It is critical that media organisations maintain values of public media at their core. 

By Sally-Ann Wilson, CEO, Public Media Alliance

As we witness growing threats to democracy and the parallel erosion of media freedom, it’s rare to find a fresh perspective on what is happening in newsrooms.  But the BBC’s Director of News and Current Affairs, Fran Unsworth, who is also a PMA Board member, brought us just that in her lecture at the Prix Italia last week. Fran’s words are a reminder that although our news values must remain solid, we need to continually review and recalibrate our reactions and responses to the media world we live in and have the power to shape.

As the BBC approaches its centenary, we are aware of how many media organisations around the world share those same news values, the values of public media. Many have rightly re-shaped their organisations to fit and reflect their own national contexts, while keeping independence, good governance and accountability. In the same way too, the BBC has evolved and will continue to do so.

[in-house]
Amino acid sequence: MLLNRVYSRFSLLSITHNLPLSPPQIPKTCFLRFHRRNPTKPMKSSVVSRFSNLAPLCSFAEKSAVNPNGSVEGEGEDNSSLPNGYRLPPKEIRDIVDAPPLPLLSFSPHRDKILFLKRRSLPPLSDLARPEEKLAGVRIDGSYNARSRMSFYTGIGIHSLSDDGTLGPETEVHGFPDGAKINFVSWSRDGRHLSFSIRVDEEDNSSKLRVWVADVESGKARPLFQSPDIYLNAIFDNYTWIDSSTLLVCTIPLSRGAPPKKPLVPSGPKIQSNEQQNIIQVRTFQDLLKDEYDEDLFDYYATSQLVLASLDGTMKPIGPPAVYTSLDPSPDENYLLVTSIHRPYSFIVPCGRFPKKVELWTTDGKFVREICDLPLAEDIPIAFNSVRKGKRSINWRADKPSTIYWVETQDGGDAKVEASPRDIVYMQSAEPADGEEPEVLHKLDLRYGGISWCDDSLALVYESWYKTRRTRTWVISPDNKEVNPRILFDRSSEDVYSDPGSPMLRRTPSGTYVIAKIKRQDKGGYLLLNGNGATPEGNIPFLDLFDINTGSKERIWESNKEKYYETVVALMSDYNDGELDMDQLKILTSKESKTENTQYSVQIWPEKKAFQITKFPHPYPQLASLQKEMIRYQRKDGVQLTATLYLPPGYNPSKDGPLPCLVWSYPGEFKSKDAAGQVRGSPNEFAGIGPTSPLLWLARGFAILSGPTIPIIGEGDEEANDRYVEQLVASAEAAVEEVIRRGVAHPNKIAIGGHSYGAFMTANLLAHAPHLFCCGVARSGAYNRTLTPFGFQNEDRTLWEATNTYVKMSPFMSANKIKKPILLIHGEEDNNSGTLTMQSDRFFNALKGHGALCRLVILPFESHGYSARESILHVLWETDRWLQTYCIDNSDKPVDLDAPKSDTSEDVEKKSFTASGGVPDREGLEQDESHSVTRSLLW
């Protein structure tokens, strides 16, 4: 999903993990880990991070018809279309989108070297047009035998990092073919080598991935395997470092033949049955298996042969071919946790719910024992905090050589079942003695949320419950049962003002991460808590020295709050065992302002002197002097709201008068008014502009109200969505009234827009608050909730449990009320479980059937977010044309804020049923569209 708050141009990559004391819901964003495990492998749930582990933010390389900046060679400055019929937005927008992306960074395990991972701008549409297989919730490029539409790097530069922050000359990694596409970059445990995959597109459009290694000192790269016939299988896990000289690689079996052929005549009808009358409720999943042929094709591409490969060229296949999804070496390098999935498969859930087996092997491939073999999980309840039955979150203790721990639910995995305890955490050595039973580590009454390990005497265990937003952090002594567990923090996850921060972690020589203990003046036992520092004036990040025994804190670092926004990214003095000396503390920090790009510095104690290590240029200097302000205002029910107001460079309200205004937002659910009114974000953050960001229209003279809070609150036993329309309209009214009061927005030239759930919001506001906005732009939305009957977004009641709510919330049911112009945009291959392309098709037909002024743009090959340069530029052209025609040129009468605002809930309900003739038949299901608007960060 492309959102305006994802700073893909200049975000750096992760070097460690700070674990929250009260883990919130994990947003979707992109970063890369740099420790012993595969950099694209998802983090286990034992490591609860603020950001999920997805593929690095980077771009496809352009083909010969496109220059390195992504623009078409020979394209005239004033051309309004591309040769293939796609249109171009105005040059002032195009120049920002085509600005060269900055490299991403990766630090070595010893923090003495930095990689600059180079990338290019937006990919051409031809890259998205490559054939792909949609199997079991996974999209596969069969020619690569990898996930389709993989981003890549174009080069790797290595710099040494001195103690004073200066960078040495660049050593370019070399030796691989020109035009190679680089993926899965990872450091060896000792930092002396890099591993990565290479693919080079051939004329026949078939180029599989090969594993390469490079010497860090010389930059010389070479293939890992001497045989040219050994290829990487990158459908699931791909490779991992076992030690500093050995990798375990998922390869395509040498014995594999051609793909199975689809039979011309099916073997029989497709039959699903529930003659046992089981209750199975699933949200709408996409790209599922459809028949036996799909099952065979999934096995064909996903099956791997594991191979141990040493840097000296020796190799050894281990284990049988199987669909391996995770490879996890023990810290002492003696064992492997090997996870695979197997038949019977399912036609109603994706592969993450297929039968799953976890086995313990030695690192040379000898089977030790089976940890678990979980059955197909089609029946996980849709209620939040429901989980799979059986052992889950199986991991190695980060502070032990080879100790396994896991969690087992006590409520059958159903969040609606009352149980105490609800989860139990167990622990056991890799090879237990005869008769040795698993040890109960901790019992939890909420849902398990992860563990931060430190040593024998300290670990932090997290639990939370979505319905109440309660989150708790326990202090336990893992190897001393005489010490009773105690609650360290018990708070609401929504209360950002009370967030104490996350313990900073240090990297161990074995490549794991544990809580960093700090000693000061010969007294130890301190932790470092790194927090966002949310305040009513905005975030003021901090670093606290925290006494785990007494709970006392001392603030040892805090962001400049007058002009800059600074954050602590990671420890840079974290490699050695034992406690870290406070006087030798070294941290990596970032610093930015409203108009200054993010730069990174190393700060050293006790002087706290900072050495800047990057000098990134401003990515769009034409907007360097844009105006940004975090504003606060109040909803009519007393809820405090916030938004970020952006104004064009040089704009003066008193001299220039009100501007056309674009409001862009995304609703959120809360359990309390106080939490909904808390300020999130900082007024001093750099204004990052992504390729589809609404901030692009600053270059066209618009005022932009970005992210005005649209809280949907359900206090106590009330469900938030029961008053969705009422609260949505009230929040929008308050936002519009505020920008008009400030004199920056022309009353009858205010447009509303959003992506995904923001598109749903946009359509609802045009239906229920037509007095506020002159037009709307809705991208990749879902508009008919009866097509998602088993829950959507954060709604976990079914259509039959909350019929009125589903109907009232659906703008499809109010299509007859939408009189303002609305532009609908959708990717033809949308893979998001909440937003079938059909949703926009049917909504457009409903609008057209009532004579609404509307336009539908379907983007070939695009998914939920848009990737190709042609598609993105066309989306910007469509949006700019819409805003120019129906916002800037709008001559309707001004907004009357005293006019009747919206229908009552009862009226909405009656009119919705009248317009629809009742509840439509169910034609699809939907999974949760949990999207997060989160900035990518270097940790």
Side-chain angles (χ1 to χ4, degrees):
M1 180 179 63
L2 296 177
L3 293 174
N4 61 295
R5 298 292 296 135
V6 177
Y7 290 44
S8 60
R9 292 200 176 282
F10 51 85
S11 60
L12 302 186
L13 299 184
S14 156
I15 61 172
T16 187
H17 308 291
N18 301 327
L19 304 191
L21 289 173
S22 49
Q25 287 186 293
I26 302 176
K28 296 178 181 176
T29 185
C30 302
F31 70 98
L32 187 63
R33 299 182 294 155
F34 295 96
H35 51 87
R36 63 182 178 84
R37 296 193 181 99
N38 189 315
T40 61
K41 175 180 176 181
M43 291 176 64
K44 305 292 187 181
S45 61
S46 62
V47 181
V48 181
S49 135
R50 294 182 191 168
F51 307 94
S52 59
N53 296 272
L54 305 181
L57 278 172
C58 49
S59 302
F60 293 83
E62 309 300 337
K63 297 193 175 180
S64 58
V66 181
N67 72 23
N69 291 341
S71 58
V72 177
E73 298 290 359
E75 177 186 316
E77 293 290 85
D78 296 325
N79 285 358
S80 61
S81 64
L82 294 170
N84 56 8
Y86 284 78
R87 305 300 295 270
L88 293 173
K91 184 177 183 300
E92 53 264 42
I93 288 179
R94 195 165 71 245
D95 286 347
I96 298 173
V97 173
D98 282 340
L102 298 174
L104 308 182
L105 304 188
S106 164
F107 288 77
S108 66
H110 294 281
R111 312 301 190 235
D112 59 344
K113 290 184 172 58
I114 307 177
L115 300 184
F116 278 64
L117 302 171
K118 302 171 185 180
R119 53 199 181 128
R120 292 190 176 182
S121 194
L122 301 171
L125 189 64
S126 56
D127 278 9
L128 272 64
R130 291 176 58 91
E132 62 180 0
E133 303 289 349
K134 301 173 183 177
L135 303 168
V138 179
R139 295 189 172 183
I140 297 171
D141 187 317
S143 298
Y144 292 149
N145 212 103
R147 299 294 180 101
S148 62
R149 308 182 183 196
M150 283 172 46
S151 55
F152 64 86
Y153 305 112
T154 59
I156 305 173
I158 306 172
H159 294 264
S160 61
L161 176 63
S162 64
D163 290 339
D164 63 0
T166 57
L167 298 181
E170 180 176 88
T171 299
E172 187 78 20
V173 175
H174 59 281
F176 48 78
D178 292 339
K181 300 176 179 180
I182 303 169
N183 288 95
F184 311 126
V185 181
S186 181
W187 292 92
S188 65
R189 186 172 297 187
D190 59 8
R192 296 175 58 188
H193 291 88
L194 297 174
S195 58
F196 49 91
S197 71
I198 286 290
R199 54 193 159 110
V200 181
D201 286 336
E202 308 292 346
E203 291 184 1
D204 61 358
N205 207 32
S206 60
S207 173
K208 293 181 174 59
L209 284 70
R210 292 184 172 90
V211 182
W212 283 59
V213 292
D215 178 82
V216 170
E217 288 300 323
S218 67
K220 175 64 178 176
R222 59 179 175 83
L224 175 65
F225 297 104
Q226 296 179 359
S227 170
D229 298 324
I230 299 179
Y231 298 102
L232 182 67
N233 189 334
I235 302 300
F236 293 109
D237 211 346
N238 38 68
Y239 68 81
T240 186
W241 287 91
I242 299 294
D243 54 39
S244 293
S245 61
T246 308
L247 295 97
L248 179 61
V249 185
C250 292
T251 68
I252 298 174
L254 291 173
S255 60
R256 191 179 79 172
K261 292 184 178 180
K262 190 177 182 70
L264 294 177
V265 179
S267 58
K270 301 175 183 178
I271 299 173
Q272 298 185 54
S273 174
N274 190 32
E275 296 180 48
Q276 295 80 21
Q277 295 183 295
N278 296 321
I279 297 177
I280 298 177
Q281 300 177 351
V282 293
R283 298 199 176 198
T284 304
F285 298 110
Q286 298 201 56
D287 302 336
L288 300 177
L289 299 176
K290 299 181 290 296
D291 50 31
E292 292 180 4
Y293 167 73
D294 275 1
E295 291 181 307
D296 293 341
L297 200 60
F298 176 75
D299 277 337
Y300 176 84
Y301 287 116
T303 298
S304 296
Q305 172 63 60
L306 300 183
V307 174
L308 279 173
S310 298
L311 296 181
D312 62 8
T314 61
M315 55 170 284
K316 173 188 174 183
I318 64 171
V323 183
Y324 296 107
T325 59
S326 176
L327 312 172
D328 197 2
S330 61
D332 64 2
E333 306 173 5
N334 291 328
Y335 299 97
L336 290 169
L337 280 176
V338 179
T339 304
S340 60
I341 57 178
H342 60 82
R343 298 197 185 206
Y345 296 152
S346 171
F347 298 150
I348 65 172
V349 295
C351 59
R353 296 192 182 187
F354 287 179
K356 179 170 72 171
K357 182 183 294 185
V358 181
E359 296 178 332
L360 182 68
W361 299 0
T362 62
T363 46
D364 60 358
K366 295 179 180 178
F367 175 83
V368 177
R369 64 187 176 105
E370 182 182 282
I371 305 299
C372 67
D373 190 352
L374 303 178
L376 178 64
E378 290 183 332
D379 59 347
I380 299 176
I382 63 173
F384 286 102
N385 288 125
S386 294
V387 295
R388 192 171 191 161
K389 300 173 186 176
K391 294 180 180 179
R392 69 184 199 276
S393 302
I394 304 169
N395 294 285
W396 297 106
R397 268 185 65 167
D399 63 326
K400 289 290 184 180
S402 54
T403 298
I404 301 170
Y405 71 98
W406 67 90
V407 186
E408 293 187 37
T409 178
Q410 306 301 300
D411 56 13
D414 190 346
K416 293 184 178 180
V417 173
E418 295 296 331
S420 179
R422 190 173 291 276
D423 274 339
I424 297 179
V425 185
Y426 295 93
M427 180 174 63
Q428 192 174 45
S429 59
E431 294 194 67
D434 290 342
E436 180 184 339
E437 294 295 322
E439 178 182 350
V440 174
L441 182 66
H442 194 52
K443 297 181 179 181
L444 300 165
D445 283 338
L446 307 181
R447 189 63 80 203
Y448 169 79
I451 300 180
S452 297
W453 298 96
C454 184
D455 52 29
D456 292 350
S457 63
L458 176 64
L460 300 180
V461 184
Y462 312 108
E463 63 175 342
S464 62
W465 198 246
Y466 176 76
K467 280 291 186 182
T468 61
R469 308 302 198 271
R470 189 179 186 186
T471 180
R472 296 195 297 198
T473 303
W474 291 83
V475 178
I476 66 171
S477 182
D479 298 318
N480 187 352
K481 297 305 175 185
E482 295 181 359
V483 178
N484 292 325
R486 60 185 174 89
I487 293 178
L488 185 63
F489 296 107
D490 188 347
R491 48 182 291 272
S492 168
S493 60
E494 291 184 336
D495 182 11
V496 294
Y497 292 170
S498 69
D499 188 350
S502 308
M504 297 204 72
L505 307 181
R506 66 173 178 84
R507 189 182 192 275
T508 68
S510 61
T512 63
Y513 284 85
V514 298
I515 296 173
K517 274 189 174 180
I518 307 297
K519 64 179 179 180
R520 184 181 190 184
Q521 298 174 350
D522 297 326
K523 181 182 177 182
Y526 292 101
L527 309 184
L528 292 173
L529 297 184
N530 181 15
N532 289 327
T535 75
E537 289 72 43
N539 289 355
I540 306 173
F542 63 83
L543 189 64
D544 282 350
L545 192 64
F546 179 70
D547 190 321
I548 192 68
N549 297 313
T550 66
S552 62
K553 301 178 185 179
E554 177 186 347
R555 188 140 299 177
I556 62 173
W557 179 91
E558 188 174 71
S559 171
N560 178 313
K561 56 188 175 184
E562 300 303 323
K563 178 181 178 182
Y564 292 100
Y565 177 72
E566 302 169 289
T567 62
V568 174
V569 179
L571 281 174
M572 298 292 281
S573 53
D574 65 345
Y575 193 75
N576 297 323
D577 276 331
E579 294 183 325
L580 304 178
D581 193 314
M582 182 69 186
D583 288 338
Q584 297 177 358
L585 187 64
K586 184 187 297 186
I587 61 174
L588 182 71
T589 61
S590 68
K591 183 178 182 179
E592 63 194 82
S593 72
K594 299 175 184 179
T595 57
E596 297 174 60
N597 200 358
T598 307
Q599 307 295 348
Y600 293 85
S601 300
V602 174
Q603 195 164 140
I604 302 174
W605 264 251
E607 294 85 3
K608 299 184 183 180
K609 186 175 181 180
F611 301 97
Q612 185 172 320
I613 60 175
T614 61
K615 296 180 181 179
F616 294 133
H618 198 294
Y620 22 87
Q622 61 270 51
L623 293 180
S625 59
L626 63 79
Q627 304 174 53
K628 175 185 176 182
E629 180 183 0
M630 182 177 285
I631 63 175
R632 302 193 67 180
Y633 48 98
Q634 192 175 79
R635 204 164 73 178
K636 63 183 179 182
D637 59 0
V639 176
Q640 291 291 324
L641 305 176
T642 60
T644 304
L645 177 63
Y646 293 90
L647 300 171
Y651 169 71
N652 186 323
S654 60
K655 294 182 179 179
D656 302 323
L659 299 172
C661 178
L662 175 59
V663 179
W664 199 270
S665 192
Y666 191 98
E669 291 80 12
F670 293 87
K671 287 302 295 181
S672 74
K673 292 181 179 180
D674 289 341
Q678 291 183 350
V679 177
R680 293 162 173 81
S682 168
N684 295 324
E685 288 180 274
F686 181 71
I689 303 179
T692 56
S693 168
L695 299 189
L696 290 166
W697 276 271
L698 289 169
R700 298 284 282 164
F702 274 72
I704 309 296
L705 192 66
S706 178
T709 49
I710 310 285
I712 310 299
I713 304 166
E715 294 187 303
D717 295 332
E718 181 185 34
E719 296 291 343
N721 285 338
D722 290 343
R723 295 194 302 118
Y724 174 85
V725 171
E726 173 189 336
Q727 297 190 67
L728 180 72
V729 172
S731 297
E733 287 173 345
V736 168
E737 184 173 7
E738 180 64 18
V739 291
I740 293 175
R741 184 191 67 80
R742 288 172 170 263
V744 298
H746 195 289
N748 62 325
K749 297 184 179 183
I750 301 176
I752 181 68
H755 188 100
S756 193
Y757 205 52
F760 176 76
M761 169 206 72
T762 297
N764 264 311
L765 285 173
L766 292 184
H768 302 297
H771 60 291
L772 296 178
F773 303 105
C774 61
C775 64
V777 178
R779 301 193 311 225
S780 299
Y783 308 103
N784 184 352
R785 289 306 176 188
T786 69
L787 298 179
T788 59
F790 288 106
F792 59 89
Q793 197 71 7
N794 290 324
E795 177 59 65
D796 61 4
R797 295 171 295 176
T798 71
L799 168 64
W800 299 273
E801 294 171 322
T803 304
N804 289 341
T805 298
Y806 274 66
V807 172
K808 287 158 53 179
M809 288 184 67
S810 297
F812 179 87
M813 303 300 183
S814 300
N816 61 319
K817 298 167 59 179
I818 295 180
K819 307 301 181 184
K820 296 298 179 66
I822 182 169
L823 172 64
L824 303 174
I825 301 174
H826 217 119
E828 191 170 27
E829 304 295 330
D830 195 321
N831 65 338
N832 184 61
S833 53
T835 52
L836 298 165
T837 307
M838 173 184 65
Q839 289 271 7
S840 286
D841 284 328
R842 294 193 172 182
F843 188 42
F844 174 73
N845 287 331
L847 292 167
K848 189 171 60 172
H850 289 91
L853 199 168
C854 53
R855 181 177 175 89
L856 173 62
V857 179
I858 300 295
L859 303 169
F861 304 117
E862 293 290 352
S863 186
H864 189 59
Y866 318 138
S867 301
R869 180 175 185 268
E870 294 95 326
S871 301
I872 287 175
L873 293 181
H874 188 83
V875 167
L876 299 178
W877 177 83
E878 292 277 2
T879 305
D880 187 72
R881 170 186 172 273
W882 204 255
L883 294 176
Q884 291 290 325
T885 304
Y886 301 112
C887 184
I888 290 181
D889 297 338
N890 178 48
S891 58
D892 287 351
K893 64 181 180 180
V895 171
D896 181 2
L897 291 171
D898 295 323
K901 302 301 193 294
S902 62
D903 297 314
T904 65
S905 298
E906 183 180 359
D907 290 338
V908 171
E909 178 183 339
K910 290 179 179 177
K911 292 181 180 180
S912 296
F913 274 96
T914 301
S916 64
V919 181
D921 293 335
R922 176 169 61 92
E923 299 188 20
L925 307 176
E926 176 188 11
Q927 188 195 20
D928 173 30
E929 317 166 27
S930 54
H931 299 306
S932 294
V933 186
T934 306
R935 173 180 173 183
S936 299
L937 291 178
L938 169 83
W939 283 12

What is critical for all is that they retain that independence at their core. Media news in the UK this past weekend was abuzz with reports of two names linked to the roles of the next Chair of the BBC and the new head of UK media regulator Ofcom. The critical factor to note in terms of public media is that, for the BBC Chair, there is in the BBC’s Charter a clear and established multi-step process for such an appointment. A process that once it has actually begun, PMA will be watching and reporting closely.

Header image: London, UK: BBC Broadcasting House in central London. Credit: oversnap/iStock